No (more) philosophy without cross-cultural philosophy

Philosophy Compass 5 (4):287-295 (2010)
Philosophy is a radical inquiry whose task is to interrogate the fundamental assumptions of some given activity, discipline, or set of beliefs. In doing so, philosophical inquiry must attempt to delineate a problem and to develop a method for resolving that problem. However, to be true to its intention, philosophy must be able to examine not only the object of its inquiry but also its own method of interrogation. To accomplish this task, philosophical inquiry must be able to create a distance not only from the assumptions under investigation but also from its own assumptions, which is to say, that it must be able to raise questions about its own method. This self-reflexivity requires that any given philosophical investigation must be examined from an alternative vantage point. Since the assumptions which inform the inquiry are deeply imbedded within a given culture, immanent critique is insufficient. The only way to step outside the boundaries of these cultural presuppositions is to reflect on the given problem from the vantage point of another culture's philosophical tradition. Thus, I argue that philosophical inquiry is unable to go beyond certain limits without being cross-cultural philosophy. I illustrate the way in which cross-cultural philosophy does this with respect to the problem of the self by placing the Western philosophical approach to this problem in dialogue with the Indian Hindu-Buddhist narrative.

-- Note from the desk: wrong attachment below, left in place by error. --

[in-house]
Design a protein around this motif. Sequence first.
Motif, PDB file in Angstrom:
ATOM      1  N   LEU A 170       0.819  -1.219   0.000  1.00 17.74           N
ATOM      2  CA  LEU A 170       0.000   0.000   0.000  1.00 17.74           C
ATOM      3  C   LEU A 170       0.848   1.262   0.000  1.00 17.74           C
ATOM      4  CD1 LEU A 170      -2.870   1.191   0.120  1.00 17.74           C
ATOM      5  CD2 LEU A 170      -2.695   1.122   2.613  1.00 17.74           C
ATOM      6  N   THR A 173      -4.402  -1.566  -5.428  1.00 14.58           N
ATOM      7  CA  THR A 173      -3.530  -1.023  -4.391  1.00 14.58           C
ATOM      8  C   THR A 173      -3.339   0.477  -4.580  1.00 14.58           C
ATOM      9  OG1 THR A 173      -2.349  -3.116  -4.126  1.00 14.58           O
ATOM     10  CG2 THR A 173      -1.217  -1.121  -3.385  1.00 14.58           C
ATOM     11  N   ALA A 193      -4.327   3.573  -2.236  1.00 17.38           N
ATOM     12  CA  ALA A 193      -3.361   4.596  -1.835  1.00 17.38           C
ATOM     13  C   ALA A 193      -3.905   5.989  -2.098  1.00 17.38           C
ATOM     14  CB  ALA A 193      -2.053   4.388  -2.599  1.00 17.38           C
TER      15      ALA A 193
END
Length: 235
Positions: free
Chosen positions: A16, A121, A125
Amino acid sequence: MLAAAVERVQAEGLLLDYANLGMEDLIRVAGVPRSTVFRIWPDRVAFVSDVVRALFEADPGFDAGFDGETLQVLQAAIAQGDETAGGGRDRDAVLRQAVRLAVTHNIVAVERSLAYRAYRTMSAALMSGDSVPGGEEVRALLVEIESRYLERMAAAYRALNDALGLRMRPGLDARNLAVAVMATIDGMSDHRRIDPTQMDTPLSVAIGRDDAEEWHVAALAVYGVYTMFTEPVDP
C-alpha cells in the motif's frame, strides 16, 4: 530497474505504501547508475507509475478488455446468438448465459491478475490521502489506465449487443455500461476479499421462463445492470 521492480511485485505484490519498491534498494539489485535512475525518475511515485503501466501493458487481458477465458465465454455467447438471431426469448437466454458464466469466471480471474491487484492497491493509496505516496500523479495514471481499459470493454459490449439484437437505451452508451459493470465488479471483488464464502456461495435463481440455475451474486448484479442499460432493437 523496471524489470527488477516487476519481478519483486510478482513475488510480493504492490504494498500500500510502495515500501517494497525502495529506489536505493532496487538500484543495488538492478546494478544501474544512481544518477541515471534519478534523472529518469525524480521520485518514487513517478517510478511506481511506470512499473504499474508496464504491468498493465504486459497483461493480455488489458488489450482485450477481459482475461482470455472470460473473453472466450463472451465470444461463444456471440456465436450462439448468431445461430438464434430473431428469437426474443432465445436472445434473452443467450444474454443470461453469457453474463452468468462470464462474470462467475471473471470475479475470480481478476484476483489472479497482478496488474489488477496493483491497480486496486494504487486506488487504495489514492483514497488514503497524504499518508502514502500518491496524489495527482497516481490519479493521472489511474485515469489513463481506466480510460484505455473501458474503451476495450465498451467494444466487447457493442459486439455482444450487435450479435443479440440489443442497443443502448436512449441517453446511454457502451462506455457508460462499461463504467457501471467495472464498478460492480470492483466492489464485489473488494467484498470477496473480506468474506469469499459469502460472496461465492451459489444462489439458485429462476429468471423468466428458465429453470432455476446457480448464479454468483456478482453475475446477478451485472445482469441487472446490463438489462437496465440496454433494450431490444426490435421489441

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DOI 10.1111/j.1747-9991.2010.00291.x
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Immanuel Kant (1991). Critique of Pure Reason. In Elizabeth Schmidt Radcliffe, Richard McCarty, Fritz Allhoff & Anand Vaidya (eds.), Philosophy and Phenomenological Research. Blackwell. pp. 449-451.

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